Shadow of the Colossus, released for PS2 in 2006, is a game that’s often stood at the forefront of the “games as art” debate. It was well received at the time, and equally so as part of the HD collection released on PS3 in 2011. The game has also proved to be a popular choice with critics when referencing certain design principles used in more modern games. In fact, I, myself have referenced it several times – most recently, in my retrospective review for NieR. I have a confession to make, though. Up until now, I had not actually taken the time to play it for myself and spoke only from second-hand knowledge and random gameplay footage I had seen on YouTube. It dawned on me as an aspiring professional that this was a problem, and I immediately sought to rectify this if I was going to reference it in the future.
Simplicity is a common theme in Shadow of the Colossus; which, in my opinion, can work remarkably well if it doesn’t impede the players investment in the experience. The premise for the game is straightforward in that Wander, the main protagonist, has entered the “Forbidden Land” on the back of his horse Agro with a stolen ancient sword in hand, as well as the lifeless corpse of the maiden Mono; presumed to a love interest, though never stated directly. Wander has come to the Shrine of Worship to seek the help of a powerful being named “Dormin” who can supposedly return Mono’s soul to her body. The entity is willing, but only on the condition that he first seeks out and defeats 16 giant beings known as “colossi” who roam the land. However, there will also be a great price to pay if he’s to revive Mono.
While the game itself is nearly always focused on hunting down the colossi as opposed to almost any direct narrative, the experience is consistently driven through an incredible amount of environmental storytelling. The landscape is vast and varied, and the battles with the colossi are epic, with each new area and monster portraying its own unique story to the player without the need for words. To a degree, this approach reminded me of newer games such as Dark Souls – for which I wonder if it was an inspiration. It’s interesting to note that as the player takes out each colossus, there is this heart-wreching music that plays as you land the final blow and the giant falls to the ground, lifeless; almost implying that you’ve done a terrible thing. There are many subtle hints at a bigger picture throughout, but rest assured, there is enough direct narrative towards the end to quench your suspicion and conclude the game in a strong way. The concept might be simple, but it’s also powerful, and there are several moments that pack an emotional wallop.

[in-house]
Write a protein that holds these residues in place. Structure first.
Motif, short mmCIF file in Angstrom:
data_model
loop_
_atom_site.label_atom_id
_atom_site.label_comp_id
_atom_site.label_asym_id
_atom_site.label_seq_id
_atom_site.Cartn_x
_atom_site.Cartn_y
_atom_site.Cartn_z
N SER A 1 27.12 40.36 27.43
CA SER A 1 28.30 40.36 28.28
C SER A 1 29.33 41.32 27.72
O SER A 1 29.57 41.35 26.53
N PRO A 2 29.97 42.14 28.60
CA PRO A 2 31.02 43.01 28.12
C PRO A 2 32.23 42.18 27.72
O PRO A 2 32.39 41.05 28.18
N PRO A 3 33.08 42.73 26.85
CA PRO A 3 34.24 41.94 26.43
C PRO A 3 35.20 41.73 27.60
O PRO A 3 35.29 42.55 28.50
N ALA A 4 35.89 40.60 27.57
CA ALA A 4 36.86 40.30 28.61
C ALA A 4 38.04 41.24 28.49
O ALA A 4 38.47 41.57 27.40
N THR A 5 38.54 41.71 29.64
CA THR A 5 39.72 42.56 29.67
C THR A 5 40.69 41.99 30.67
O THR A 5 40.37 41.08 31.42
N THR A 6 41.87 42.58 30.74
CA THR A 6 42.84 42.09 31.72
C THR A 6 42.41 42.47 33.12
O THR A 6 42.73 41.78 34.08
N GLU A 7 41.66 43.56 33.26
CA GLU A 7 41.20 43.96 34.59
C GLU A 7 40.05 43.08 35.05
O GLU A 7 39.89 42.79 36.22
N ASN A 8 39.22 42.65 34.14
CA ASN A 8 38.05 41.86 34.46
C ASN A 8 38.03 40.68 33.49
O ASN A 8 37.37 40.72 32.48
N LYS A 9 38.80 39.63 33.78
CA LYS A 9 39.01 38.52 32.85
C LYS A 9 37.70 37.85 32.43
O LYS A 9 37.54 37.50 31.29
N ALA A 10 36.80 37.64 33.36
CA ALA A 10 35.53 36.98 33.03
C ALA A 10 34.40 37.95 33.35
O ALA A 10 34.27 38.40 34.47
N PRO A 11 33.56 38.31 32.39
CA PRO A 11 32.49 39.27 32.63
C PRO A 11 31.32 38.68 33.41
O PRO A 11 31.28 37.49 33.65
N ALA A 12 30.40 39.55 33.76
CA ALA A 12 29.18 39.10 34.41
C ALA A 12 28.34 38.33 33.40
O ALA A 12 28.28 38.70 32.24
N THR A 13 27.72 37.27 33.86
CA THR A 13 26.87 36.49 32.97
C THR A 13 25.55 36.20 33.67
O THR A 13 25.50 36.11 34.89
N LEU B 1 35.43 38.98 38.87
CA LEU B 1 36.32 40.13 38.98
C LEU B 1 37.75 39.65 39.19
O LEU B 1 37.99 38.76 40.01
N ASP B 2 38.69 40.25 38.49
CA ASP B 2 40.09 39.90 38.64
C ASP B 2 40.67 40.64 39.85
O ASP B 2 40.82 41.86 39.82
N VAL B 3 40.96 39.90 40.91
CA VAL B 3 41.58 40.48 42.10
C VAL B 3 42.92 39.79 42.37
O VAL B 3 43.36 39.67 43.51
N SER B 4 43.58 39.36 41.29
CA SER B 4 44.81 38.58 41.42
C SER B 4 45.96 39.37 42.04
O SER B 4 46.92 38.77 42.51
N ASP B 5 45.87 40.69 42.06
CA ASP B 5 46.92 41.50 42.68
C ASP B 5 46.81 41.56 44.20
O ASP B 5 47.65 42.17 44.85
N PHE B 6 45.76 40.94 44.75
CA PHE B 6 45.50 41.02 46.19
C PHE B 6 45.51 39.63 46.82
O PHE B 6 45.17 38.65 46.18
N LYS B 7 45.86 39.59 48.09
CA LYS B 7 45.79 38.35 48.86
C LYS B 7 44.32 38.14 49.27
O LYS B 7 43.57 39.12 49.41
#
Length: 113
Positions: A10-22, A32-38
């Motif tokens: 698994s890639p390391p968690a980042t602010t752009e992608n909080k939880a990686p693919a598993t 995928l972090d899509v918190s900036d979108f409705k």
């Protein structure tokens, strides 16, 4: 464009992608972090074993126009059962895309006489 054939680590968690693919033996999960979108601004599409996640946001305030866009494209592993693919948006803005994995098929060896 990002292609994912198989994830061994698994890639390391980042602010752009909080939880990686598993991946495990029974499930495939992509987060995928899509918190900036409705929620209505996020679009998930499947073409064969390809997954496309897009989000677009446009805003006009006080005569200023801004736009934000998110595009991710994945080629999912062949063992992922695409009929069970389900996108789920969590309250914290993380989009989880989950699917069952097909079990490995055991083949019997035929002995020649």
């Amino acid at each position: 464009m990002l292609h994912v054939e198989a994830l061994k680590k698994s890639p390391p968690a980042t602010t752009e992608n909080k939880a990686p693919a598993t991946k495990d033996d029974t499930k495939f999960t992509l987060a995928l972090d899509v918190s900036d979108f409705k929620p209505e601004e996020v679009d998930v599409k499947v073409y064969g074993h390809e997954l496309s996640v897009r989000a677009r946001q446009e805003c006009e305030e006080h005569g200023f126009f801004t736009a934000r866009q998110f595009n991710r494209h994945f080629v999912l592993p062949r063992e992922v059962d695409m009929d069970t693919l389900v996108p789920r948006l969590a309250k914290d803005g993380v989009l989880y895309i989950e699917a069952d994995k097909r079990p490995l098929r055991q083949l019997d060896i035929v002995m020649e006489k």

Shadow of the Colossus was an innovative game for its time, and one which has notably been emulated by other contemporary games such as Castlevania: The Lords of Shadow and Dragon’s Dogma. The special thing about the design of this particular game is that the world is entirely devoid of all civilisation. It is just the player, Agro (the horse), and the colossi who populate the land, so there are very little distractions while you play. Basically, it’s split into two primary activities, the first of which is hunting the colossi, which is done with the ancient sword which will point the way when standing in direct sunlight. Again, it sounds simple, but the terrain is tricky, and will often provide as much of a challenge as the encounters themselves. The second activity is the battle with the giants, which grows progressively difficult with time, but always relies on brains over brawn and a healthy combination of puzzle-solving and platforming.
Each encounter with a colossus is unique and often employs a special way to climb onto the giant or to track down its various weak points. It might appear easy enough, but this couldn’t be further from the truth. In the beginning, the creatures are a lot more passive, so you have the space to experiment while mostly worrying about platforming, but as you progress, the weak spots become more tricky to find, the colossi grow increasingly aggressive, and it becomes very challenging to find a way to scamper up the beasts – this is most notable with the swimming and flying variety. In fact, more often than not, the environment is brought into the mix of battle, which I thought worked especially well to step past the conventional boss battles of even today’s games in order to keep the player guessing. There are subtle hints provided by Dormin on occasion, but you will really need to think outside the box in order to succeed. If you can resist the urge to cheat, I can guarantee that the colossi are some of the greatest boss encounters in any game, ever.